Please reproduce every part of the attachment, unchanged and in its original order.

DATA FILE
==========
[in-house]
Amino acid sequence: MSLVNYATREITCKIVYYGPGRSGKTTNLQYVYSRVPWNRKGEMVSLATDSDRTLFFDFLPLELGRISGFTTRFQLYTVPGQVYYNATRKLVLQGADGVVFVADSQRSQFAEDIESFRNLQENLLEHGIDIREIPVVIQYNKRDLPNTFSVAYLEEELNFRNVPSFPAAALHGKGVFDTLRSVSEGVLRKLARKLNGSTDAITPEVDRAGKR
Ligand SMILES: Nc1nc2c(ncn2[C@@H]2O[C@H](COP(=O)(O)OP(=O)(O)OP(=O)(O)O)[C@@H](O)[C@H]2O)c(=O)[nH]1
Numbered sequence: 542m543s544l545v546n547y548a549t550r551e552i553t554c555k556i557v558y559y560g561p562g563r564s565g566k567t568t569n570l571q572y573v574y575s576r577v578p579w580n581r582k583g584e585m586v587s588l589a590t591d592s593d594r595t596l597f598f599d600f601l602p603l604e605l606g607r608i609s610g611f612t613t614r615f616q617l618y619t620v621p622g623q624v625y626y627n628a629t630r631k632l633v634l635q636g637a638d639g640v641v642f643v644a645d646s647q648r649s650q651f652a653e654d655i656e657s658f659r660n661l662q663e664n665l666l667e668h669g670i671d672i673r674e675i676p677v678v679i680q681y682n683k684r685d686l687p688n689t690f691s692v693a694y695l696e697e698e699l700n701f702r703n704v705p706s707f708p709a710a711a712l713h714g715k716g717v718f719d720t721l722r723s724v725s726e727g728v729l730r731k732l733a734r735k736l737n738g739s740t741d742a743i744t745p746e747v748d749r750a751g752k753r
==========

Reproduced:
[in-house]
Amino acid sequence: MSLVNYATREITCKIVYYGPGRSGKTTNLQYVYSRVPWNRKGEMVSLATDSDRTLFFDFLPLELGRISGFTTRFQLYTVPGQVYYNATRKLVLQGADGVVFVADSQRSQFAEDIESFRNLQENLLEHGIDIREIPVVIQYNKRDLPNTFSVAYLEEELNFRNVPSFPAAALHGKGVFDTLRSVSEGVLRKLARKLNGSTDAITPEVDRAGKR
Ligand SMILES: Nc1nc2c(ncn2[C@@H]2O[C@H](COP(=O)(O)OP(=O)(O)OP(=O)(O)O)[C@@H](O)[C@H]2O)c(=O)[nH]1
Numbered sequence: 542m543s544l545v546n547y548a549t550r551e552i553t554c555k556i557v558y559y560g561p562g563r564s565g566k567t568t569n570l571q572y573v574y575s576r577v578p579w580n581r582k583g584e585m586v587s588l589a590t591d592s593d594r595t596l597f598f599d600f601l602p603l604e605l606g607r608i609s610g611f612t613t614r615f616q617l618y619t620v621p622g623q624v625y626y627n628a629t630r631k632l633v634l635q636g637a638d639g640v641v642f643v644a645d646s647q648r649s650q651f652a653e654d655i656e657s658f659r660n661l662q663e664n665l666l667e668h669g670i671d672i673r674e675i676p677v678v679i680q681y682n683k684r685d686l687p688n689t690f691s692v693a694y695l696e697e698e699l700n701f702r703n704v705p706s707f708p709a710a711a712l713h714g715k716g717v718f719d720t721l722r723s724v725s726e727g728v729l730r731k732l733a734r735k736l737n738g739s740t741d742a743i744t745p746e747v748d749r750a751g752k753r